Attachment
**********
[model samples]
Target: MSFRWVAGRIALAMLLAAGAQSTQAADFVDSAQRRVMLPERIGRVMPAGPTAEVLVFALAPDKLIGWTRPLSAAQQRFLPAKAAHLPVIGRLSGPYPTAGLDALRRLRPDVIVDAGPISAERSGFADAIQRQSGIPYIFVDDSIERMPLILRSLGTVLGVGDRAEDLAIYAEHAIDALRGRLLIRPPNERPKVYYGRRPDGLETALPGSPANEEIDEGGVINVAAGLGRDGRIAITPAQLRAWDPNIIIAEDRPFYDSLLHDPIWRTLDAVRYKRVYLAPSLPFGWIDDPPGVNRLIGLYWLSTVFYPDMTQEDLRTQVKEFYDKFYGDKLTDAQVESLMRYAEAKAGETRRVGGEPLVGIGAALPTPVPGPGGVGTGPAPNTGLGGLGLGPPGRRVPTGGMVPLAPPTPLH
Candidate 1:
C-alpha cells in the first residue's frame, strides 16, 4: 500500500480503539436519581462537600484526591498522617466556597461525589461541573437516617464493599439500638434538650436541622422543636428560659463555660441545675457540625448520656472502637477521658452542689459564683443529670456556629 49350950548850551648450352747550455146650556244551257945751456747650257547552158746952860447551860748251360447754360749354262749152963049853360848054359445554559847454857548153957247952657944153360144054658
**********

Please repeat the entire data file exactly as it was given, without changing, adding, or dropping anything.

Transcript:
[model samples]
Target: MSFRWVAGRIALAMLLAAGAQSTQAADFVDSAQRRVMLPERIGRVMPAGPTAEVLVFALAPDKLIGWTRPLSAAQQRFLPAKAAHLPVIGRLSGPYPTAGLDALRRLRPDVIVDAGPISAERSGFADAIQRQSGIPYIFVDDSIERMPLILRSLGTVLGVGDRAEDLAIYAEHAIDALRGRLLIRPPNERPKVYYGRRPDGLETALPGSPANEEIDEGGVINVAAGLGRDGRIAITPAQLRAWDPNIIIAEDRPFYDSLLHDPIWRTLDAVRYKRVYLAPSLPFGWIDDPPGVNRLIGLYWLSTVFYPDMTQEDLRTQVKEFYDKFYGDKLTDAQVESLMRYAEAKAGETRRVGGEPLVGIGAALPTPVPGPGGVGTGPAPNTGLGGLGLGPPGRRVPTGGMVPLAPPTPLH
Candidate 1:
C-alpha cells in the first residue's frame, strides 16, 4: 500500500480503539436519581462537600484526591498522617466556597461525589461541573437516617464493599439500638434538650436541622422543636428560659463555660441545675457540625448520656472502637477521658452542689459564683443529670456556629 49350950548850551648450352747550455146650556244551257945751456747650257547552158746952860447551860748251360447754360749354262749152963049853360848054359445554559847454857548153957247952657944153360144054658